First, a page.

Washington, D.C./Near Northeast

Near Northeast refers to the area just north of Capitol Hill and Union Station, but south of Brookland.


The boundaries of Near Northeast are North Capitol St to the west, Florida Ave to the north, F St to the south, and 15th St to the east. The neighborhood is just south of Gallaudet University.

The Atlas District refers to H St NE between North Capitol St and 15th St NE. This is the most popular part of the neighborhood for visitors due to its bars, restaurants, and shopping. It is named after the Atlas Theater (opened in 1938), now the Atlas Performing Arts Center, at 1338 H St NE. Compared to other nightlife-centered neighborhoods, the Atlas District attracts a slightly older, more eccentric and artsy, more local, and almost certainly less drunken crowd.

NoMa refers to the area just north of Union Station, near the NoMa-Gallaudet U Metrorail Station.


Near Northeast has long since been a popular area for immigrants to settle. By the 1950s, it had become predominately African-American. The neighborhood suffered some of the biggest damage during the 1968 riots that left 1,200 buildings in the city destroyed and, like many areas of eastern D.C., it was reduced to urban blight for decades.

However, since the turn of the century, efforts have been made to revitalize the neighborhood and make it a destination for locals and visitors. In 2004, under new ownership, the Atlas Theatre underwent a $22 million renovation. In 2006, Joe Englert, a local entrepreneur, purchased 8 properties on H St NE between 12th St NE & 14th St NE and converted them into top destination restaurants, bars, and concert venues. In 2012, Union Market, a warehouse-style indoor market just west of Gallaudet University, was renovated and re-tenanted.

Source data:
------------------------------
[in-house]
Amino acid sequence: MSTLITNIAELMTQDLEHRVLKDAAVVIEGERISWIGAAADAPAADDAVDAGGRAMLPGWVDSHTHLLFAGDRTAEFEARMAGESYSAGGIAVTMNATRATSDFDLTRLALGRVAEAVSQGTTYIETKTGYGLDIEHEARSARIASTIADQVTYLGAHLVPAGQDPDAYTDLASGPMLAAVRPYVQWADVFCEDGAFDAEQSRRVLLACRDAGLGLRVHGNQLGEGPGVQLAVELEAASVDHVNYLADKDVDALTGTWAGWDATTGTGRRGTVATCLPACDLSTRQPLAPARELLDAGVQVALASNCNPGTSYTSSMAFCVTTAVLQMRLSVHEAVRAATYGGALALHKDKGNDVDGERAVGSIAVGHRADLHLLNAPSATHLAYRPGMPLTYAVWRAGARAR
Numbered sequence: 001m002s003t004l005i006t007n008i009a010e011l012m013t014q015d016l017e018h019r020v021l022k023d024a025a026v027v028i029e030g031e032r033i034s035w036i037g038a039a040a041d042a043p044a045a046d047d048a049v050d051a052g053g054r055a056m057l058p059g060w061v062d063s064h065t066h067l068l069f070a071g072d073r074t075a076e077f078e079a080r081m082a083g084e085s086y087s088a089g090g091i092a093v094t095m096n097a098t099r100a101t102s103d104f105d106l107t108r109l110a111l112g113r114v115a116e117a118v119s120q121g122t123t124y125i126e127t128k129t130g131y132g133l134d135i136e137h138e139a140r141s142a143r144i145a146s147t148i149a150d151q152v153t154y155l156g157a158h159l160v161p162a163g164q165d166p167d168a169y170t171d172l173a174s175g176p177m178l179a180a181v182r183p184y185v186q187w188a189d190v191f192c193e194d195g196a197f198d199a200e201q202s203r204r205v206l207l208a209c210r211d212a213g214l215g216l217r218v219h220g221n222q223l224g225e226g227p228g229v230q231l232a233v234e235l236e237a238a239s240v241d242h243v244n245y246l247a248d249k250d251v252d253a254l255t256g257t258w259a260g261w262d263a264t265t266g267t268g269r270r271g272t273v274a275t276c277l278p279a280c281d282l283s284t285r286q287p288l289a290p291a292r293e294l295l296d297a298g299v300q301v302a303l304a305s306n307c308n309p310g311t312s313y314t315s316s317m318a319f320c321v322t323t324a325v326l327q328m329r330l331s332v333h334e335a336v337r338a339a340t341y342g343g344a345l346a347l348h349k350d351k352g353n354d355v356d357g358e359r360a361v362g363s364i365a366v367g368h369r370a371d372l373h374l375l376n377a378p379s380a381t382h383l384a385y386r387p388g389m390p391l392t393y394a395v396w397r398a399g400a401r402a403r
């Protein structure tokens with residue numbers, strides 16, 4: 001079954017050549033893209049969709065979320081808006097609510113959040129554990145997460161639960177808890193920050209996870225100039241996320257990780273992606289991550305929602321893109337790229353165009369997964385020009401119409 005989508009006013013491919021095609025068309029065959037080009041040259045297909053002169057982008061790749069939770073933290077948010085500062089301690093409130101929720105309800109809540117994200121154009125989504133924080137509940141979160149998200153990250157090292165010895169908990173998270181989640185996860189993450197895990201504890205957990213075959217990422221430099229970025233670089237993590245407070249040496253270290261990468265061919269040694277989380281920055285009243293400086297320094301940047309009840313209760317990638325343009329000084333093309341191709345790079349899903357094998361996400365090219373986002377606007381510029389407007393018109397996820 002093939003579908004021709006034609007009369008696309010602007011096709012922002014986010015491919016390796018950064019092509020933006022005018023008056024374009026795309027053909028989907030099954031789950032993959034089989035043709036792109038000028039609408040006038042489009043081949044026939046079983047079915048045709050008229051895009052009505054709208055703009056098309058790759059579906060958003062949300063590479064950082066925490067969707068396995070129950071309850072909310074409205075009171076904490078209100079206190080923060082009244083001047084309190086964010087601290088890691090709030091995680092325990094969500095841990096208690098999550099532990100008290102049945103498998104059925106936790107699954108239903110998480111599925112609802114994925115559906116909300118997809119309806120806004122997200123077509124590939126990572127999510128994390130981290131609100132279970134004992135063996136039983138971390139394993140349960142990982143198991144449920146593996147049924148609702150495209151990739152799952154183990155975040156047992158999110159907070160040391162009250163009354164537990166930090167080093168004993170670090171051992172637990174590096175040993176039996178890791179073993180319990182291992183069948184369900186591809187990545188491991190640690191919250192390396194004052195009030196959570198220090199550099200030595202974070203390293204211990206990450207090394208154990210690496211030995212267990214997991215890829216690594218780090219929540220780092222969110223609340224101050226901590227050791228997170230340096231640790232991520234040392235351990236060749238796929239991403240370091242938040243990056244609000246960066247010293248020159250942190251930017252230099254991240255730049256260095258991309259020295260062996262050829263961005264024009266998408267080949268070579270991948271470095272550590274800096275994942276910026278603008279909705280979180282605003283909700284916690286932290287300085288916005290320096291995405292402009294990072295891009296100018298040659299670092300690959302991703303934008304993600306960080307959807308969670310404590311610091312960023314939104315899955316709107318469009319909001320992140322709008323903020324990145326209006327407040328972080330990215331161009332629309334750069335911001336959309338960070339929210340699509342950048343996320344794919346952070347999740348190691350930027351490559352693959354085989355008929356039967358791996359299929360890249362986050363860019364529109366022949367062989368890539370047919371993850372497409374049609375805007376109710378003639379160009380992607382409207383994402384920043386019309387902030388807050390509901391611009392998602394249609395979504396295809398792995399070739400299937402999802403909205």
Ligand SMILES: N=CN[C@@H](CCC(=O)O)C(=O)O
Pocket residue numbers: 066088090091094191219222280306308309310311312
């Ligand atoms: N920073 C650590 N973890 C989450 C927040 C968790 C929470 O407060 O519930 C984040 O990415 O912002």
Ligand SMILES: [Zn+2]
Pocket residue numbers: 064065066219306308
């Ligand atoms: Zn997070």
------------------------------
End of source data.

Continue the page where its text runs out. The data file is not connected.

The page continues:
Get in

By Metrorail

For more information on riding the Metrorail in Washington DC, see Washington DC#Get_around.

The Red Line stops at Union Station and NoMa–Gallaudet U, both of which are a short walk from the nightlife in the Atlas District.

By streetcar

The DC Streetcar operates from Union Station down H St NE, through the heart of the Atlas District. The service runs every 10-15 minutes Mondays through Saturdays.

By bus

For more information on riding buses in Washington DC, see Washington DC#Get_around. The following bus lines that are useful when visiting Near Northeast:

By car

A car is not necessary to visit Near Northeast, but it is the most convenient option, provided you trust yourself to navigate all the treacherous twisting diagonals. Routes US-1 and US-50 are both quick options to head east out of the city towards I-495 Capital Beltway.

By bicycle

A bicycle is a great option for visiting the areas that are hard to reach by Metrorail. For information on bike-sharing programs in the Washington DC area, see Washington DC#Get_around.


The National Capitol Columns at the National Arboretum
Chapel Hall at Gallaudet



A snowy day on H St





Night in the Atlas District

The Atlas District offers D.C.'s most eclectic, most unique, most off-beat nightlife. This isn't simply a strip full of hipsters lounging in dives—the different venues, bars, and lounges all have a very strong sense of individual character. Since many venues are on H St NE between 12th St & 14th St, you can have a very easy one-night crawl! Most of the restaurants become bars later on in the night as well.




There are several budget and mid-range hotels along US-50/New York Avenue NE just north of Gallaudet University and the National Arboreteum. These hotels mostly cater to motorists entering the city via US-50. Some of these hotels offer free shuttle buses to Union Station and are cheap options for those who are driving to D.C. but don't want to actually drive in the city. However, many are close to a noisy rail line and are quite dingy so be sure to check online reviews prior to booking.

In addition, there are several nicer and more expensive hotels just northeast of Union Station.






The NoMa Business Improvement District offers free outdoor WiFi in the area just north of Union Station. In addition, most restaurants and cafes offer free WiFi.

Go next

Besides the obvious trip south to Capitol Hill, you can also head north on the Red line to Brookland, the "Little Vatican" home to the Catholic University and the stunning National Shrine.

Routes through Near Northeast

East End Capitol Hill  S  N  Brookland Wheaton

This article is issued from Wikivoyage - version of the Saturday, March 26, 2016. The text is available under the Creative Commons Attribution/Share Alike but additional terms may apply for the media files.